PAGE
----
Yahoo! Tops Estimates

Web portal and online advertising bellwether Yahoo topped Wall Street estimates in its second quarter, as executives touted the company’s success in cushioning falling advertising revenues with paid services.

After posting six straight quarters of losses prior to Wednesday’s announcement, Sunnyvale, Calif.-based Yahoo reported earnings of $21.4 million, or $0.03 per share — a penny above analysts’ estimates, according to Thomson Financial/First Call.

Last quarter, the company posted a net loss of $53.6 million, or $0.09 per share. For the same quarter in 2001, Yahoo posted a net loss of $48.5 million, or $0.09 per share. Top-line income, too, increased, with second quarter 2002 revenue totaling $225.8 million, up 17 percent from the previous quarter and 24 percent from a year earlier.

On the surface, Yahoo’s performance would appear to suggest that conditions might be turning around for one of the Web’s largest media players.

Actually, the company saw sluggish growth in its Marketing Services division, which includes sales of site advertising inventory and paid search. Revenue for that unit came in at $135.7 million, up slightly from last quarter’s $121 million, but still 4 percent below a year earlier.

However, much of the company’s revenue gains came from growth in non-traditional advertising areas for the firm, such as Yahoo’s personal, recruitment and classified ads listings businesses. Specifically, the firm continues to see expanding revenue from its HotJobs unit, which Yahoo acquired at the beginning of the year, as it does from newly introduced paid enhancements to its personal and automotive listings.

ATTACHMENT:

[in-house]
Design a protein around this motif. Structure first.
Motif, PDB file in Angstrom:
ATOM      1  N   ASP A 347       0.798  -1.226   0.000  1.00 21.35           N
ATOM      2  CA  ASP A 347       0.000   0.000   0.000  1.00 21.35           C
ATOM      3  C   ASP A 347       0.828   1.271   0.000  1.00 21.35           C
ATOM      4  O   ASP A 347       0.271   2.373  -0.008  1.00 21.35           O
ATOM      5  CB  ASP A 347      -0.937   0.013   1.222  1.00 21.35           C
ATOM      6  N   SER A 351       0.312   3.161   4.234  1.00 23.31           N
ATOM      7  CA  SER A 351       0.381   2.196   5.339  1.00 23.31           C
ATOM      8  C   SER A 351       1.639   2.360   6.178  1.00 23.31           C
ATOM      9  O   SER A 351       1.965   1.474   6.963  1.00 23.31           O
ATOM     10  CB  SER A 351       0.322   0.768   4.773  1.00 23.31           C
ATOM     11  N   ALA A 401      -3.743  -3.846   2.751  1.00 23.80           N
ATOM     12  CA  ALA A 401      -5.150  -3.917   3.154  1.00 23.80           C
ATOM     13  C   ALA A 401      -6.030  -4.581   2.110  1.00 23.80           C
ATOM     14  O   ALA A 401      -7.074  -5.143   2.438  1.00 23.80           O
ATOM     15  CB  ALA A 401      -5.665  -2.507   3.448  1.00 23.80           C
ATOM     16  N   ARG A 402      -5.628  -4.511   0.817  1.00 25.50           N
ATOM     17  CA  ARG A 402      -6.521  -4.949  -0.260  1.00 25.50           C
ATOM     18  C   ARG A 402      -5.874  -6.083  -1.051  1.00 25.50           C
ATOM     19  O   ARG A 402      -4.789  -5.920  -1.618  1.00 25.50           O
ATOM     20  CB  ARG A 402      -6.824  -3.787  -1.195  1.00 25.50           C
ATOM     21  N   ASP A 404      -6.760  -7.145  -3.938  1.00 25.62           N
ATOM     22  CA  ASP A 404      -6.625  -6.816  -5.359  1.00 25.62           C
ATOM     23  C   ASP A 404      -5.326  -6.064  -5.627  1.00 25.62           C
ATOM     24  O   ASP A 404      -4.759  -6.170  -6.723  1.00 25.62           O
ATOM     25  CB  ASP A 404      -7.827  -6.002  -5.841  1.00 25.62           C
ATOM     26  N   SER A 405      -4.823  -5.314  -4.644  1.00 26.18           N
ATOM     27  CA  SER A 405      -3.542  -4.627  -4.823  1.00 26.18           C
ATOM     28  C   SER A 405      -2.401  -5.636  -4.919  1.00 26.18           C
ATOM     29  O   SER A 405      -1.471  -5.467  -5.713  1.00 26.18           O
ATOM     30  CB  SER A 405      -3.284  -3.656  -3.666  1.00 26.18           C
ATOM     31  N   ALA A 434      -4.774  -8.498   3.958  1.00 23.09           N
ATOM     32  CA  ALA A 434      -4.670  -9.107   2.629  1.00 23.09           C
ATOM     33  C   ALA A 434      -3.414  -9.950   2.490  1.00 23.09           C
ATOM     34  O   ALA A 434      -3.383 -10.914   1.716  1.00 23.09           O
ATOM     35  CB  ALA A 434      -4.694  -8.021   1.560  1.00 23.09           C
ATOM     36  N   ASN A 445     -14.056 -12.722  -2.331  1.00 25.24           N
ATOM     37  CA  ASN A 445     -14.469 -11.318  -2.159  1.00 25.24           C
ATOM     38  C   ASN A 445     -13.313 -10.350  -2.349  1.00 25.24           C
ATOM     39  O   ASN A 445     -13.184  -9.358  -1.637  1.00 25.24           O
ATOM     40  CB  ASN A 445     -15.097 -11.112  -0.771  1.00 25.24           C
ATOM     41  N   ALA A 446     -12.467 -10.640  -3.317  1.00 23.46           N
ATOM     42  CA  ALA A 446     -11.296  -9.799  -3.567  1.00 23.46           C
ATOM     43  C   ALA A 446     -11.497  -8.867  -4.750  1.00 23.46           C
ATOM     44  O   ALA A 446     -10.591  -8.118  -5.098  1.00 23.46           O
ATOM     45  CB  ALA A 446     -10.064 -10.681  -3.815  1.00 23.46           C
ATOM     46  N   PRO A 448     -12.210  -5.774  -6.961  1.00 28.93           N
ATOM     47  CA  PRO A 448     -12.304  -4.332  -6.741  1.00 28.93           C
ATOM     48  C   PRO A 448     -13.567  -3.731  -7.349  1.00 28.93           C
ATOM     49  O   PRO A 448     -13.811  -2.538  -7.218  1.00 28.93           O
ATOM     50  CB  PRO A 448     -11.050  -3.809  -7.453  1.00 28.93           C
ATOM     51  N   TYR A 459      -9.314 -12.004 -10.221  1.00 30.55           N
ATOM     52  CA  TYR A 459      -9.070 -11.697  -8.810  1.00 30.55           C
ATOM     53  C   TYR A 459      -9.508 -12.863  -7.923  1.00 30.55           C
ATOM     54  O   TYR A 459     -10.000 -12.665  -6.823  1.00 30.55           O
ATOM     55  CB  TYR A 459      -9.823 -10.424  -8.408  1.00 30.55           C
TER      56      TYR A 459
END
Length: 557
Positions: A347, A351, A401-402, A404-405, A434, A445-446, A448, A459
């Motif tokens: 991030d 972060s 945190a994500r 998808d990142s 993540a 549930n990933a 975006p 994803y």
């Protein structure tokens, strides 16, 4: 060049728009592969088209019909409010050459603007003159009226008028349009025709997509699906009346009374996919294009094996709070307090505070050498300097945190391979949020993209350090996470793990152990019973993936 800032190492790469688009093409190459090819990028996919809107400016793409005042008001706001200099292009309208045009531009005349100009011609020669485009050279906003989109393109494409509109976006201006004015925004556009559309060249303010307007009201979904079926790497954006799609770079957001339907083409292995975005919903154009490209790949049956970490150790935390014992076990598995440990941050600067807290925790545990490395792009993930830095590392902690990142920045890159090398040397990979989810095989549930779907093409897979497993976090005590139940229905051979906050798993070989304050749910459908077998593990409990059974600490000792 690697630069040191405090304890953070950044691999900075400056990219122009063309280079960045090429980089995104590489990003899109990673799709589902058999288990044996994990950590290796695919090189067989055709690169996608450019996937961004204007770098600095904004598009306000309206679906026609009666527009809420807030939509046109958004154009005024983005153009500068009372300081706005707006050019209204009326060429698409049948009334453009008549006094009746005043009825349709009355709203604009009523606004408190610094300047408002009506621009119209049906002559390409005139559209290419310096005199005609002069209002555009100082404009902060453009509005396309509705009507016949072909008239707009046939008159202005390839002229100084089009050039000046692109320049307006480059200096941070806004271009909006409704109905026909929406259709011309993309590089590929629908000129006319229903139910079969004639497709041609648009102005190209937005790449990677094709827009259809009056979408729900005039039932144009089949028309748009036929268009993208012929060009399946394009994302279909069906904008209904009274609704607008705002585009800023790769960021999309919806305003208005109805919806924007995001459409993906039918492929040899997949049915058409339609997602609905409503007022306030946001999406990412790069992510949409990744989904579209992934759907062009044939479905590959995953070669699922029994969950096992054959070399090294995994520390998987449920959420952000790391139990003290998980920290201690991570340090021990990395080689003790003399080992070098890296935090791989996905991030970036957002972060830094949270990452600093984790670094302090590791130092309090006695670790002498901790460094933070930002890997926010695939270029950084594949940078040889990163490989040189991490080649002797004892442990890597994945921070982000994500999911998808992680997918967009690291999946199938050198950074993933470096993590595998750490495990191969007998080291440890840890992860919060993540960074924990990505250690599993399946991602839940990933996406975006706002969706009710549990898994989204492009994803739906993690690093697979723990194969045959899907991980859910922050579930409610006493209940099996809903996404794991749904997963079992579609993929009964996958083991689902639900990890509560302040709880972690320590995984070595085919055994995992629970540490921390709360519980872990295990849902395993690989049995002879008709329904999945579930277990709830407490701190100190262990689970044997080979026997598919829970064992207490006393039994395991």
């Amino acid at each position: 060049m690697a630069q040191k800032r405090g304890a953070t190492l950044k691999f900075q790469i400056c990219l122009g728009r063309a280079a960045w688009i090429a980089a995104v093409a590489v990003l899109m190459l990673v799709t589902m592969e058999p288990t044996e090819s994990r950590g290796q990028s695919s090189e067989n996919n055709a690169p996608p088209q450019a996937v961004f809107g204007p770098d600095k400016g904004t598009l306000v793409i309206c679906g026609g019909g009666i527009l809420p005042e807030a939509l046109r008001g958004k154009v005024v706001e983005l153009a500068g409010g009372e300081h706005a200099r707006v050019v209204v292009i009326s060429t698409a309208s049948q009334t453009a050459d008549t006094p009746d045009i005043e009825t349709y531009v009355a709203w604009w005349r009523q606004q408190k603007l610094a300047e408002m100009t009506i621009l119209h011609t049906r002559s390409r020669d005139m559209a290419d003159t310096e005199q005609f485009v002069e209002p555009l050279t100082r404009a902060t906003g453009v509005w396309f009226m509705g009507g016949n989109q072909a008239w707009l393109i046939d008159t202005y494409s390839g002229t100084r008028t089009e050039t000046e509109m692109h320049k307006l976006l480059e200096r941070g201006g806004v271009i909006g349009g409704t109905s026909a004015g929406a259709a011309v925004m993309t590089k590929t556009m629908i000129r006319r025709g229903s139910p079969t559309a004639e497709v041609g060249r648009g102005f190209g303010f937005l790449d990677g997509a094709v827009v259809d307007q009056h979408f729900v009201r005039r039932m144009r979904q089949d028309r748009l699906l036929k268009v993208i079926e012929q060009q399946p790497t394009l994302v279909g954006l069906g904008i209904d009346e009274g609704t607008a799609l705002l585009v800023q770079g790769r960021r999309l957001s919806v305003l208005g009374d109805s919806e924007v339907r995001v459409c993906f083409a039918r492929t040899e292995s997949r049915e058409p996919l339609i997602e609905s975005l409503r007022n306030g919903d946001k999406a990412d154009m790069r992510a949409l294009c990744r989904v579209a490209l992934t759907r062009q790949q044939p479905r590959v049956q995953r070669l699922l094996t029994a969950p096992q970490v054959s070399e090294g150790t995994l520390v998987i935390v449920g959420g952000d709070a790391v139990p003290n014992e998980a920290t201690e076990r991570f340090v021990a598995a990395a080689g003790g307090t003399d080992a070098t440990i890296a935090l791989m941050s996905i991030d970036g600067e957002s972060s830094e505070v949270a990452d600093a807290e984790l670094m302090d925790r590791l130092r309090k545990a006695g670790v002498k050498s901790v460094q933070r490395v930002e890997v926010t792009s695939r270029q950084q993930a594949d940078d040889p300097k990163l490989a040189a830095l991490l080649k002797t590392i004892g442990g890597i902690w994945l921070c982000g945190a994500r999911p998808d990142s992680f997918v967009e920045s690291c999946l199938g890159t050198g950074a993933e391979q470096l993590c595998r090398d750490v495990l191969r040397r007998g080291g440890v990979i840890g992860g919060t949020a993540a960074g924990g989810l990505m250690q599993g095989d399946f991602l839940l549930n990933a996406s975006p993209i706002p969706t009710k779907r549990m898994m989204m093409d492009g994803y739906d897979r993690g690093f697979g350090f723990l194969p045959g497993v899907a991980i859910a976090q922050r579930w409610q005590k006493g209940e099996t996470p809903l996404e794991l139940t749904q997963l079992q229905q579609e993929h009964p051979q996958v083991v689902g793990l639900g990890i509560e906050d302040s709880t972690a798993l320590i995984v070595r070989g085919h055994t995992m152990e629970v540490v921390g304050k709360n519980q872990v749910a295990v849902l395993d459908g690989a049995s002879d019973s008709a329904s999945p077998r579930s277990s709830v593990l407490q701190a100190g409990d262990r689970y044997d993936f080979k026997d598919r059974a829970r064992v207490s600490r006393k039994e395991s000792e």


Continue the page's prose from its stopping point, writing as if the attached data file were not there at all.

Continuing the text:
Additionally, Yahoo said continued declines in advertising spending by online companies was partially offset by an increase in spending from small- and medium-sized businesses, particularly in paid search.

Yahoo said its fee-based products, too, played a major role in boosting revenue, although the company did not separate income from fee-based consumer services from income for listings. Combined, the two units brought in $74.1 million, a 109 percent increase from last year and 35 percent from last quarter.

That’s in keeping with Yahoo’s publicized plan to reduce its exposure to the tight ad market by working in new paid services and non-traditional ad products, like search. Earlier this year, the company awarded a long-term sponsored search contract to Overture .

“As we complete the first half of 2002, we are pleased with our report card,” said Yahoo Chief Financial Officer Susan Decker. “Yahoo’s continued evolution to a more robust and sustainable business model is supported by strategic focus and financial discipline. We continue to seek new ways to provide deeper value to our vast consumer base, and we are also attempting to build greater revenue, margins and returns.”

The company also said revenues from transactions topped $16 million, a 179 percent increase versus last year and 24 percent above last quarter. While the trend points to greater e-commerce activity — of which Yahoo gets a cut — it also represents a move by Yahoo from some previously cost-per-impression-based advertising services to performance-based agreements.

Yahoo said it expects revenue for third quarter to be between $225 million to $250 million, and between $900 million and $940 million for the full year.

Before one-time charges, Yahoo said it expects earnings to be between $38 million and $48 million for the third quarter — up from the $36.1 million reported for second quarter — and to be between $140 and $165 million for the full year 2002.

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